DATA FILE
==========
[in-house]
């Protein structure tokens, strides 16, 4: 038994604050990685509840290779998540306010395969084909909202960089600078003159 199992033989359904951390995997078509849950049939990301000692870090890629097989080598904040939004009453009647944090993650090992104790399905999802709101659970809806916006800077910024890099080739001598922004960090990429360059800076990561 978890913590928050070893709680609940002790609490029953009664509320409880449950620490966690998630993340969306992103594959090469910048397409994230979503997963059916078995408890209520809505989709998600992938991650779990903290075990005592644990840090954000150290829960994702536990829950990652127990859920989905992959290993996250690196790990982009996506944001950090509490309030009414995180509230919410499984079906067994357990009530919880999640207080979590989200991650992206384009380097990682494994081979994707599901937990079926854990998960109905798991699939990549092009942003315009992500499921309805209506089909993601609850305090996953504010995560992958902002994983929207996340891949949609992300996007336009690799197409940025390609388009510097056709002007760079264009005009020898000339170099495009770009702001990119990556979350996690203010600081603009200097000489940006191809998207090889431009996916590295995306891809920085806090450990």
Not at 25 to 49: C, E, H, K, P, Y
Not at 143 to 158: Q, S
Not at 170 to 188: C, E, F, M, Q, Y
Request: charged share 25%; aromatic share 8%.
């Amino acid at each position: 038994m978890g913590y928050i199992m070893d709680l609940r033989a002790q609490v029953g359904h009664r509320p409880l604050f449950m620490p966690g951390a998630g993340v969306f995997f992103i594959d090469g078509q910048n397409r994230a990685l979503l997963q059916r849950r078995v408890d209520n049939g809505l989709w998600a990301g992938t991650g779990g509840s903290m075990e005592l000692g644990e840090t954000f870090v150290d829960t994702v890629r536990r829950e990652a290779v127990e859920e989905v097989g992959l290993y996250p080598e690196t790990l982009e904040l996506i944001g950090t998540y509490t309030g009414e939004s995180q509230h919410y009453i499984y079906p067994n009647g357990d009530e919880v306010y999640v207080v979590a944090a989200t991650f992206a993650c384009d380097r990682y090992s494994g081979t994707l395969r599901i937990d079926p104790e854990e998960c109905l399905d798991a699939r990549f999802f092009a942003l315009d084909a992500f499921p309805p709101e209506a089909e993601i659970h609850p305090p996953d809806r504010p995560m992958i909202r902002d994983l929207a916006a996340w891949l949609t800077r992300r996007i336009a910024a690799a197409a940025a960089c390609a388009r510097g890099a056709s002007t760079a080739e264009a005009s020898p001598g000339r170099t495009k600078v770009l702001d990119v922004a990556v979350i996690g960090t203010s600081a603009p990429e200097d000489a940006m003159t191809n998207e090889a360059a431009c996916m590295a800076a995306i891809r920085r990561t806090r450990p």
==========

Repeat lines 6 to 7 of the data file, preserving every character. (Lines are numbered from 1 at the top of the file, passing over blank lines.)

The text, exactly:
Request: charged share 25%; aromatic share 8%.
């Amino acid at each position: 038994m978890g913590y928050i199992m070893d709680l609940r033989a002790q609490v029953g359904h009664r509320p409880l604050f449950m620490p966690g951390a998630g993340v969306f995997f992103i594959d090469g078509q910048n397409r994230a990685l979503l997963q059916r849950r078995v408890d209520n049939g809505l989709w998600a990301g992938t991650g779990g509840s903290m075990e005592l000692g644990e840090t954000f870090v150290d829960t994702v890629r536990r829950e990652a290779v127990e859920e989905v097989g992959l290993y996250p080598e690196t790990l982009e904040l996506i944001g950090t998540y509490t309030g009414e939004s995180q509230h919410y009453i499984y079906p067994n009647g357990d009530e919880v306010y999640v207080v979590a944090a989200t991650f992206a993650c384009d380097r990682y090992s494994g081979t994707l395969r599901i937990d079926p104790e854990e998960c109905l399905d798991a699939r990549f999802f092009a942003l315009d084909a992500f499921p309805p709101e209506a089909e993601i659970h609850p305090p996953d809806r504010p995560m992958i909202r902002d994983l929207a916006a996340w891949l949609t800077r992300r996007i336009a910024a690799a197409a940025a960089c390609a388009r510097g890099a056709s002007t760079a080739e264009a005009s020898p001598g000339r170099t495009k600078v770009l702001d990119v922004a990556v979350i996690g960090t203010s600081a603009p990429e200097d000489a940006m003159t191809n998207e090889a360059a431009c996916m590295a800076a995306i891809r920085r990561t806090r450990p």